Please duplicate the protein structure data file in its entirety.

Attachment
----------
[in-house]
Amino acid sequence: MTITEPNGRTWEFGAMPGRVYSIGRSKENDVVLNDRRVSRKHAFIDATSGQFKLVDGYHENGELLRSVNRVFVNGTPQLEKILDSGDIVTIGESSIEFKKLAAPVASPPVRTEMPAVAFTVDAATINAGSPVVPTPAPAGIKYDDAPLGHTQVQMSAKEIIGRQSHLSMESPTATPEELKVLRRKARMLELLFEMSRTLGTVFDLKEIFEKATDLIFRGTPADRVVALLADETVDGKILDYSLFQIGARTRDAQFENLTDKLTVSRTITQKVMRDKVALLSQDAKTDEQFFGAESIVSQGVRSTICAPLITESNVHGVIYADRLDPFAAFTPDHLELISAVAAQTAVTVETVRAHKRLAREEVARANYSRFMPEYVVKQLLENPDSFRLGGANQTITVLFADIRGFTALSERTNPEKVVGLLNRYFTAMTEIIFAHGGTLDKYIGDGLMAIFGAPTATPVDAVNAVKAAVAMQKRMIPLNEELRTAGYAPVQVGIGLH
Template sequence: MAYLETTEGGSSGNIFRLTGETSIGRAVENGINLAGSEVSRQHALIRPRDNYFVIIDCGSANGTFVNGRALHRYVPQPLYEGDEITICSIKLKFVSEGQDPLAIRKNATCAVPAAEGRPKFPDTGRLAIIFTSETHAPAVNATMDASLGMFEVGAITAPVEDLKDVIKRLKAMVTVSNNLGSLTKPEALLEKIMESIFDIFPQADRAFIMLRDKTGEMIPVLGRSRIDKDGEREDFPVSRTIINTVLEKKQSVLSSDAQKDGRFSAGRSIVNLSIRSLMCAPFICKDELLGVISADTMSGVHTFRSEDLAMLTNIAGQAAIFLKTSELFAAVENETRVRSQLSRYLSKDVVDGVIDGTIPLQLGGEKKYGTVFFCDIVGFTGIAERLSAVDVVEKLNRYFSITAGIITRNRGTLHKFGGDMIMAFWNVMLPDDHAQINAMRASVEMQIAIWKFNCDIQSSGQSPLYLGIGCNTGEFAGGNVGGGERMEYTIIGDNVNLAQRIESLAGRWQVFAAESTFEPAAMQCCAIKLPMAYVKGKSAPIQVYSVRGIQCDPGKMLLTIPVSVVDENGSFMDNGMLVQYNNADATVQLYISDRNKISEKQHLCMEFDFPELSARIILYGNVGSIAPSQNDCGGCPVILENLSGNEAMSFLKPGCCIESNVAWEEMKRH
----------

[in-house]
Amino acid sequence: MTITEPNGRTWEFGAMPGRVYSIGRSKENDVVLNDRRVSRKHAFIDATSGQFKLVDGYHENGELLRSVNRVFVNGTPQLEKILDSGDIVTIGESSIEFKKLAAPVASPPVRTEMPAVAFTVDAATINAGSPVVPTPAPAGIKYDDAPLGHTQVQMSAKEIIGRQSHLSMESPTATPEELKVLRRKARMLELLFEMSRTLGTVFDLKEIFEKATDLIFRGTPADRVVALLADETVDGKILDYSLFQIGARTRDAQFENLTDKLTVSRTITQKVMRDKVALLSQDAKTDEQFFGAESIVSQGVRSTICAPLITESNVHGVIYADRLDPFAAFTPDHLELISAVAAQTAVTVETVRAHKRLAREEVARANYSRFMPEYVVKQLLENPDSFRLGGANQTITVLFADIRGFTALSERTNPEKVVGLLNRYFTAMTEIIFAHGGTLDKYIGDGLMAIFGAPTATPVDAVNAVKAAVAMQKRMIPLNEELRTAGYAPVQVGIGLH
Template sequence: MAYLETTEGGSSGNIFRLTGETSIGRAVENGINLAGSEVSRQHALIRPRDNYFVIIDCGSANGTFVNGRALHRYVPQPLYEGDEITICSIKLKFVSEGQDPLAIRKNATCAVPAAEGRPKFPDTGRLAIIFTSETHAPAVNATMDASLGMFEVGAITAPVEDLKDVIKRLKAMVTVSNNLGSLTKPEALLEKIMESIFDIFPQADRAFIMLRDKTGEMIPVLGRSRIDKDGEREDFPVSRTIINTVLEKKQSVLSSDAQKDGRFSAGRSIVNLSIRSLMCAPFICKDELLGVISADTMSGVHTFRSEDLAMLTNIAGQAAIFLKTSELFAAVENETRVRSQLSRYLSKDVVDGVIDGTIPLQLGGEKKYGTVFFCDIVGFTGIAERLSAVDVVEKLNRYFSITAGIITRNRGTLHKFGGDMIMAFWNVMLPDDHAQINAMRASVEMQIAIWKFNCDIQSSGQSPLYLGIGCNTGEFAGGNVGGGERMEYTIIGDNVNLAQRIESLAGRWQVFAAESTFEPAAMQCCAIKLPMAYVKGKSAPIQVYSVRGIQCDPGKMLLTIPVSVVDENGSFMDNGMLVQYNNADATVQLYISDRNKISEKQHLCMEFDFPELSARIILYGNVGSIAPSQNDCGGCPVILENLSGNEAMSFLKPGCCIESNVAWEEMKRH